Stability and continuity in the general manager and field manager positions are how an organization wins championships.
In the early 1990s, the Atlanta Braves’ combination of general manager John Schuerholz and manager Bobby Cox set the bar. After Schuerholz and Cox retired, the Braves’ torch was passed on to GM Frank Wren and manager Fredi Gonzalez, but the Detroit Tigers’ Dave Dombrowski and Jim Leyland might be the closest parallel to the Schuerholz-Cox dynamic.
Up until Friday, when Phillies manager Charlie Manuel was fired, the 2013 season had been kind to both general managers and field managers as there hadn’t been a single firing -- which was good for baseball and its teams. Such stability underscores the success of competitive balance in the sport.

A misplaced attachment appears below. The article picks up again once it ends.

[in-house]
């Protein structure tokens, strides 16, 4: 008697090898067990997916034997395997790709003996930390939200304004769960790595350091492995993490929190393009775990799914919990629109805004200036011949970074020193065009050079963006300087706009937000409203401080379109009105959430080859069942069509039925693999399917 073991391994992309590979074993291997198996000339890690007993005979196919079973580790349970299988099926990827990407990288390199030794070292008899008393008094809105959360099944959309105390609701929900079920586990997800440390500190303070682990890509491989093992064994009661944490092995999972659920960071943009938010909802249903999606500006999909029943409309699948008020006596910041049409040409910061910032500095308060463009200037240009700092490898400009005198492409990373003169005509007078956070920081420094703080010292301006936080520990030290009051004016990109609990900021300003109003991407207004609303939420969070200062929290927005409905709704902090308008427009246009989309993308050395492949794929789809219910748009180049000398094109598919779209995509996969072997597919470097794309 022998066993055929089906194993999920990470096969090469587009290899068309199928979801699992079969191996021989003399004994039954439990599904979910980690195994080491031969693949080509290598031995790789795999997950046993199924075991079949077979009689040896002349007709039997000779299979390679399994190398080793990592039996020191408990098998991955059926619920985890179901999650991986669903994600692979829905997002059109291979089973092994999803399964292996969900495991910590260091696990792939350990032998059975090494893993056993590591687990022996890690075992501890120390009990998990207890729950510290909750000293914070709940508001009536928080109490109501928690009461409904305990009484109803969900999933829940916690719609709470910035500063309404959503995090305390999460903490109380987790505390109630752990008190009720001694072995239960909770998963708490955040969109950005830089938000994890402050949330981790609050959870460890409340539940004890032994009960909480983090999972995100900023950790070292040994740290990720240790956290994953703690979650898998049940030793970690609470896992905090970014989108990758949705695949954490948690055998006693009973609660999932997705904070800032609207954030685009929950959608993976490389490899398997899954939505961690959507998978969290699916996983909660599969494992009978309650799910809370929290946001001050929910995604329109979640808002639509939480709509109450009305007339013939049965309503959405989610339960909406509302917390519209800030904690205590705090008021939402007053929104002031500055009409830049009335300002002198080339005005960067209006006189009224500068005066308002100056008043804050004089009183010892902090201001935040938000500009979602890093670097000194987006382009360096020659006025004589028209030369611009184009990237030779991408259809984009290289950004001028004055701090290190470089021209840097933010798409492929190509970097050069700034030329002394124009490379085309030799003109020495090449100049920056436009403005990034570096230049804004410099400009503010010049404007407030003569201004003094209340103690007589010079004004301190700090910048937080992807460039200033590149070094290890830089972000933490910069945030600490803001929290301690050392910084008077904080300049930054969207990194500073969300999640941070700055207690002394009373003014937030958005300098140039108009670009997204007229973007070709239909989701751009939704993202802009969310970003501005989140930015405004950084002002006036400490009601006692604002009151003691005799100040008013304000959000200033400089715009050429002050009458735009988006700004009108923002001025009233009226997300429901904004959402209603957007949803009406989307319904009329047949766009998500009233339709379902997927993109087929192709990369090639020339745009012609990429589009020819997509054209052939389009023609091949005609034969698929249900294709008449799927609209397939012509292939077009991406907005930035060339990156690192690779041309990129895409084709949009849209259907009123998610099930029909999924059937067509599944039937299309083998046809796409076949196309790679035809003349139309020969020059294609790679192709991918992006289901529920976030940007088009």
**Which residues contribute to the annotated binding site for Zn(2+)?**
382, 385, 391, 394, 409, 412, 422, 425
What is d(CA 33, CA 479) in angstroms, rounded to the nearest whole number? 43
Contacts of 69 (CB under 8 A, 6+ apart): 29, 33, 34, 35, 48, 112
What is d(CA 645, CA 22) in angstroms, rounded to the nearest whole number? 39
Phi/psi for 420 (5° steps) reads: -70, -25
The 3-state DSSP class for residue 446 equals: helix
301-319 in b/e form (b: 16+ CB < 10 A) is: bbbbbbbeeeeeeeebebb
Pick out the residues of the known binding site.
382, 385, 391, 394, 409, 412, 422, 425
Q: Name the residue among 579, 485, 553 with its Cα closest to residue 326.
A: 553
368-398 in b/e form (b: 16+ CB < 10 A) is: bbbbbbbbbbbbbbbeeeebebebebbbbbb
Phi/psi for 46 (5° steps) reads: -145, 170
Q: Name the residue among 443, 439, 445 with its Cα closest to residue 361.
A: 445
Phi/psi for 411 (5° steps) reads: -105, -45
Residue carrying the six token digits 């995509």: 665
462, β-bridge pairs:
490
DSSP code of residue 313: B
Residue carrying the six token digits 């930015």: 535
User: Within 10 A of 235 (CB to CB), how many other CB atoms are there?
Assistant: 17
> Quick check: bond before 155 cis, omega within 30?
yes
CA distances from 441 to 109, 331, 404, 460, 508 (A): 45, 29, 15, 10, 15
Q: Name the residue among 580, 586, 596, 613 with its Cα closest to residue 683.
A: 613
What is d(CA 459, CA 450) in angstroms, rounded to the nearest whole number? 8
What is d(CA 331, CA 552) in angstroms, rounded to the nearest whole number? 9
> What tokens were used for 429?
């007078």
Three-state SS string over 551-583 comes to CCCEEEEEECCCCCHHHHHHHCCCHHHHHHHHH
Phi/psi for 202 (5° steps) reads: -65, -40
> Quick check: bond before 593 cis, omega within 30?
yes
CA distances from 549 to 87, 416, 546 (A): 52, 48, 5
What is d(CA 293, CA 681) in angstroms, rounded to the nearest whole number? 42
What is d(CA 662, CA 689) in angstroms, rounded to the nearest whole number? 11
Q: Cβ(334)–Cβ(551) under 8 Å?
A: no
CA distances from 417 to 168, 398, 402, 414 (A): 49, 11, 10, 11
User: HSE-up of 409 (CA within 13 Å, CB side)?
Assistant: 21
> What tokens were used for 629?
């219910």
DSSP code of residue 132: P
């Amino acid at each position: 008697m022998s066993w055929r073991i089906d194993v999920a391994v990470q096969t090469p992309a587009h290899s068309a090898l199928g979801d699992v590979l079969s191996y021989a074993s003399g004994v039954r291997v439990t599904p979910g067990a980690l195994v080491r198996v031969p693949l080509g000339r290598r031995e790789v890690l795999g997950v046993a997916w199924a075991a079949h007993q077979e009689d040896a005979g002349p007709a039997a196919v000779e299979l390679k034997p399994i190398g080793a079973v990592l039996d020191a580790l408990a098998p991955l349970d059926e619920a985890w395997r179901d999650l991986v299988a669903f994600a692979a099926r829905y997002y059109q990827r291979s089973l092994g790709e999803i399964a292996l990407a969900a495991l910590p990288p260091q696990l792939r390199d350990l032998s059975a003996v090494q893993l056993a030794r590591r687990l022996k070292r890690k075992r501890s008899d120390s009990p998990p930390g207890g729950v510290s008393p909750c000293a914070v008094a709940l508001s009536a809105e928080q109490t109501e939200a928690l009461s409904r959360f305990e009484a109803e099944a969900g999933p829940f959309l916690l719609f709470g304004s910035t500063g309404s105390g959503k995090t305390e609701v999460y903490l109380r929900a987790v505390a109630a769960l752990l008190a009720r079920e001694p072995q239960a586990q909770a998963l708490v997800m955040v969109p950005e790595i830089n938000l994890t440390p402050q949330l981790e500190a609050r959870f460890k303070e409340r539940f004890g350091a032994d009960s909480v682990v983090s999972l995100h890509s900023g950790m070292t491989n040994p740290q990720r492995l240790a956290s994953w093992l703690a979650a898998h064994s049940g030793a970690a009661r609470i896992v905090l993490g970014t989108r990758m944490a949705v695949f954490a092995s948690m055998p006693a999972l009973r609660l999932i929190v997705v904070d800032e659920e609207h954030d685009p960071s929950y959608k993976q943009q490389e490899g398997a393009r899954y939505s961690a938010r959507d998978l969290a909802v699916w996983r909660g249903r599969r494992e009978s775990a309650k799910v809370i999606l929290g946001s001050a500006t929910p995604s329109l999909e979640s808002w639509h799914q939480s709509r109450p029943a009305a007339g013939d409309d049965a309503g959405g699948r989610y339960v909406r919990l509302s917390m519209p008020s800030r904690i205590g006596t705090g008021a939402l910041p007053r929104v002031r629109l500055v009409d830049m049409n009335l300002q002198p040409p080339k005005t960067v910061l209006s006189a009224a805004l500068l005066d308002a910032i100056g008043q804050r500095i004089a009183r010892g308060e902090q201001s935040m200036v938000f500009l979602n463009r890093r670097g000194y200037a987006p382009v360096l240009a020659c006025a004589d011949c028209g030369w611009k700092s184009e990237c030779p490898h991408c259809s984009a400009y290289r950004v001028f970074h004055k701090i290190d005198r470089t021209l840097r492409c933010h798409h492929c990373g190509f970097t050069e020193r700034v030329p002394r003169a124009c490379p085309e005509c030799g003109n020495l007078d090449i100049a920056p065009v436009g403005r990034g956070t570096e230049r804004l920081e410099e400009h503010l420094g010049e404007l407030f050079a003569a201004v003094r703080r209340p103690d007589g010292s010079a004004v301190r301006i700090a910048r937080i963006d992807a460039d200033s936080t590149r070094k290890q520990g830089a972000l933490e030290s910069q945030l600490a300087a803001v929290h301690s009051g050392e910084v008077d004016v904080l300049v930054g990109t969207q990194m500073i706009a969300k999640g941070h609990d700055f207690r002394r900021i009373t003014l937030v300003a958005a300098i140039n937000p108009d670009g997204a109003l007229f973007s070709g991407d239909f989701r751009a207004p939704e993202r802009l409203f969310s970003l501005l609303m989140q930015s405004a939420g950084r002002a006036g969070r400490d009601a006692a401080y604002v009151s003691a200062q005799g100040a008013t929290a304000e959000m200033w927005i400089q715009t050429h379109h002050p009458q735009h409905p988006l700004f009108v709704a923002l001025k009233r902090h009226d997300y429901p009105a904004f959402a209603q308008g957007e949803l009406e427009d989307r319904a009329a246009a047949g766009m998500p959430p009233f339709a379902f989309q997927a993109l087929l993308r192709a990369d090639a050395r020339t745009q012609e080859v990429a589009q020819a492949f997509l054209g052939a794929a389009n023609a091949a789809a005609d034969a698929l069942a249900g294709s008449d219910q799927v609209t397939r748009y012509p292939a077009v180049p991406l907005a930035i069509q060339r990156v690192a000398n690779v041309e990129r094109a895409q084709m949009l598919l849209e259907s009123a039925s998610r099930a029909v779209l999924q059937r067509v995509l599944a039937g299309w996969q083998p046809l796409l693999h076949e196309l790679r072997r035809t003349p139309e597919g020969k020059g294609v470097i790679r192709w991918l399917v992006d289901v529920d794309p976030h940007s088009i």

As was the case in Philadelphia, the lack of management upheaval elsewhere won’t last forever as there inevitably will be some changes this offseason. It’s simply the nature of the business. After polling executives in both leagues, here are four general managers or field managers who might have to finish this season strong in order to retain their jobs in 2014:
Jerry Dipoto | general manager | Los Angeles Angels
Dipoto is one of the bright young minds in the game. The problem is that he hasn’t been able to carry out his vision for the Angels because most of his moves have backfired. The decision to include shortstop Jean Segura in the Zack Greinke trade would have been justified had the Angels either won the World Series or re-signed Greinke. However, they didn’t win and Dipoto chose to sign free-agent Josh Hamilton instead of Greinke.